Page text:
Sep 17th, 2015, 09:10 PM

Human-Centric TV Advertising

By Cristina Castello
(Image source:
Exploring the increased recognition towards human-centric TV commercials in today’s saturated advertising landscape.

There is a clear reason that several National advertisers in the US spent an average $4.5 million for a 30-second spot in this year's Super Bowl broadcast. Like many other TV tentpole events, millions of viewers tune in to enjoy both the program as well as the unique and creative new spots that air during such programming. This increased attention to ad campaigns as a form of entertainment combined with evolving competition has pushed more advertisers to frame human-centric messages to connect with their audiences—a big change from the early adopters of traditional advertising.

Throughout the evolution of the industry, brands have become increasingly well-received in their modern day tactics to connect with people and listen to the world around them as active participants and influencers in molding their messaging. While human-centric versus product-centric perspectives can be used broadly in the industry, here I am specifically referencing brands who have challenged deeply rooted social issues as well as those that position inspirational messages at the forefront of their campaigns. While not a particularly new phenomenon within the continuously evolving advertising landscape, it is becoming more apparent that ads have to make this type of progress with their primary strategies to differentiate themselves in the space and build deeper and more personalized connections.

If you are one of those fans, like myself, who stick around during commercial breaks while watching tentpole events such as the Super Bowl and the Academy Awards, you may recall P&G’s “Like a Girl” campaign for the Always brand. The commercial, which was released online in 2014 and went viral, won the 2015 Outstanding Commercial Emmy last week along with several other awards this year with widespread acknowledgment for confronting deeply rooted gender norms. As David-Michel Davies, executive director of The Webby Awards, noted: “This year's most winning campaigns are not only selling products, but taking stands for real issues that are important to their customers." This further emphasizes the industries’ growing recognition for brands who are leading with this approach.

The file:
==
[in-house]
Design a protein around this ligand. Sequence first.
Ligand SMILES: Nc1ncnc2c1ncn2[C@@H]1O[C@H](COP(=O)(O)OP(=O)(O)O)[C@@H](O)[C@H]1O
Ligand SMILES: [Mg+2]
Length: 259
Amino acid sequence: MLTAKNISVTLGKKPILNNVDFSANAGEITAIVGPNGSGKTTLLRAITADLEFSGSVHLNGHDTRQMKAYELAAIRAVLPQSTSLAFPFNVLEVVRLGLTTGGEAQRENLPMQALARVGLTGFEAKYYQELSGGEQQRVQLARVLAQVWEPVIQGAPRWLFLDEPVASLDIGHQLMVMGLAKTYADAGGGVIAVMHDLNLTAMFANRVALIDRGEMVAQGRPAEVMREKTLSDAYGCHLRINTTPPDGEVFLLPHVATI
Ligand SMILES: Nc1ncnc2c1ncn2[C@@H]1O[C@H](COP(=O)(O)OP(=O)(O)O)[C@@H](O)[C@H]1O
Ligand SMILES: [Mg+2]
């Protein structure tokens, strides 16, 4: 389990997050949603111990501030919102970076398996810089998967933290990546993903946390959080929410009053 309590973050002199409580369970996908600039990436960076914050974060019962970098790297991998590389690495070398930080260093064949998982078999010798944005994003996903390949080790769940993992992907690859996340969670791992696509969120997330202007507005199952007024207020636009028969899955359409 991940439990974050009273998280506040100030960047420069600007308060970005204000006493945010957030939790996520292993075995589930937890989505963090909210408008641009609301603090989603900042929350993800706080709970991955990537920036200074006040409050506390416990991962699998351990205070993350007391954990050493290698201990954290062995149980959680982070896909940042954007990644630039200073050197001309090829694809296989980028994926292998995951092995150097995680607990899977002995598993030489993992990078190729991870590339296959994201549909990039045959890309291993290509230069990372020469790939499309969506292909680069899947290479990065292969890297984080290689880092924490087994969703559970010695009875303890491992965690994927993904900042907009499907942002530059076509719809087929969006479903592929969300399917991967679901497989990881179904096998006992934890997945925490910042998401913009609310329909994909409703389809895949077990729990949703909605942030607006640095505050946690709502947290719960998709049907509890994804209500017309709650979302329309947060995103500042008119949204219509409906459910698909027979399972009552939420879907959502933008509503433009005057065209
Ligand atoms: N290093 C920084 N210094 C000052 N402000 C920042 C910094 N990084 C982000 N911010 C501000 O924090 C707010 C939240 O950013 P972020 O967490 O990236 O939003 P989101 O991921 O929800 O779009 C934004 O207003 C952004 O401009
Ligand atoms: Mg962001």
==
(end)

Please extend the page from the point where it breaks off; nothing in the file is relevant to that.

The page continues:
In the “Like a Girl” commercial spot, you can see that gender norms are challenged from a perspective of different age groups–reinforcing and challenging our society’s view of gender inequality from a very young age. This encourages viewers to think about a social issue often overlooked in those early years. With today’s disruptive digital landscape and data driven technologies adding another layer of complexity to the conversation, brands have to maintain their relevance and impactful messaging more than ever. Brands and agencies alike need to ensure that the human element is not lost in data driven advertising, and continues to be central to campaigns where it makes sense for particular brands’ objectives. This is not to say that data is not a key element in the mix, however the marriage of data and human-centric creative can be very powerful in a brands’ overall strategy as they distribute their messages through several mediums. A few key factors that brands should adhere to in order to preserve this ‘humanistic’ perspective are defining a clear purpose, focusing on simplicity and context, seeking engagement with the target audience to allow active participation and to focus on human values vs. corporate values. 


In the past, messaging primarily centered on a product or services’ benefit for a consumer, whereas companies, such as P&G, are now aligning themselves with issue-oriented messaging that audience’s care about, as well as inspirational messages that people can connect with. While this has been most apparent within B2C campaigns (with brands such as Levi or Apple as examples of inspirational messaging), B2B advertisers as well as advertisers in more conservative verticals such as finance (UBS, as an example of human-centric personalized messaging) are progressing towards this trend as well.

So is an H2H (human-to-human) approach the new method that advertisers across various industries should be adopting? By adopting this approach and utilizing the right creative tactics, brands can certainly achieve greater levels of effectiveness, with data reflecting the positive receipt from their viewers and audiences. Clearly, a one-size-fits-all strategy is not realistic nor effective in the broad and cluttered ad landscape, however this powerful strategy is resonating with large audiences and brands whom execute such campaigns are now being recognized in the industry as leaders for outstanding work in the space. As you can see from the examples I’ve put forth here, the strong common element that all of these brands have—across several verticals—is an emphasis to concentrate on empathy with its viewers and framing an inspirational message at the forefront while presenting their brand as secondary.

This is a very powerful approach, as it captivates that audience and yields a stronger connection with the brand. Whether debuting their great work on large platforms such as tentpole television events or across several mediums (TV, digital, social) to reach their target audiences, without building these strong personalized connections brands can no longer keep up in today’s crowded and evolving advertising environment.